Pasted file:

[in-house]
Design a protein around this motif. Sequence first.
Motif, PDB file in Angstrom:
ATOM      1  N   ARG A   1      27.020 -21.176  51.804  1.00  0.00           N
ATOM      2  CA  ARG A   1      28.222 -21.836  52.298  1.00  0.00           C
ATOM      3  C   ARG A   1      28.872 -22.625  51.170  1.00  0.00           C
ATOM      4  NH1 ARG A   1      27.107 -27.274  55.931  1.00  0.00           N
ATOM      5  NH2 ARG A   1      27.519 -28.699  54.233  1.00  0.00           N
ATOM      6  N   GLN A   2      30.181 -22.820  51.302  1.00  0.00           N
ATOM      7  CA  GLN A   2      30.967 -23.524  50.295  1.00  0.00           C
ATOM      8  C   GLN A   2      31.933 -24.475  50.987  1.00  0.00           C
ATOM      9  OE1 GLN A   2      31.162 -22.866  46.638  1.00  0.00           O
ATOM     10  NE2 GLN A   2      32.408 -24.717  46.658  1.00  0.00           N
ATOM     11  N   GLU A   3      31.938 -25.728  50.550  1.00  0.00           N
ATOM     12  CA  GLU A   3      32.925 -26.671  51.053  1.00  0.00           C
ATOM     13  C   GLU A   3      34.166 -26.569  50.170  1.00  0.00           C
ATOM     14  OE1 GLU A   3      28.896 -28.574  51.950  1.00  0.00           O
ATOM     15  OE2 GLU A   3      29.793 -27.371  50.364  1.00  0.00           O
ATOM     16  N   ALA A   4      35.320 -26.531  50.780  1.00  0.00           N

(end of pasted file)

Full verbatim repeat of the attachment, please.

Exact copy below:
[in-house]
Design a protein around this motif. Sequence first.
Motif, PDB file in Angstrom:
ATOM      1  N   ARG A   1      27.020 -21.176  51.804  1.00  0.00           N
ATOM      2  CA  ARG A   1      28.222 -21.836  52.298  1.00  0.00           C
ATOM      3  C   ARG A   1      28.872 -22.625  51.170  1.00  0.00           C
ATOM      4  NH1 ARG A   1      27.107 -27.274  55.931  1.00  0.00           N
ATOM      5  NH2 ARG A   1      27.519 -28.699  54.233  1.00  0.00           N
ATOM      6  N   GLN A   2      30.181 -22.820  51.302  1.00  0.00           N
ATOM      7  CA  GLN A   2      30.967 -23.524  50.295  1.00  0.00           C
ATOM      8  C   GLN A   2      31.933 -24.475  50.987  1.00  0.00           C
ATOM      9  OE1 GLN A   2      31.162 -22.866  46.638  1.00  0.00           O
ATOM     10  NE2 GLN A   2      32.408 -24.717  46.658  1.00  0.00           N
ATOM     11  N   GLU A   3      31.938 -25.728  50.550  1.00  0.00           N
ATOM     12  CA  GLU A   3      32.925 -26.671  51.053  1.00  0.00           C
ATOM     13  C   GLU A   3      34.166 -26.569  50.170  1.00  0.00           C
ATOM     14  OE1 GLU A   3      28.896 -28.574  51.950  1.00  0.00           O
ATOM     15  OE2 GLU A   3      29.793 -27.371  50.364  1.00  0.00           O
ATOM     16  N   ALA A   4      35.320 -26.531  50.780  1.00  0.00           N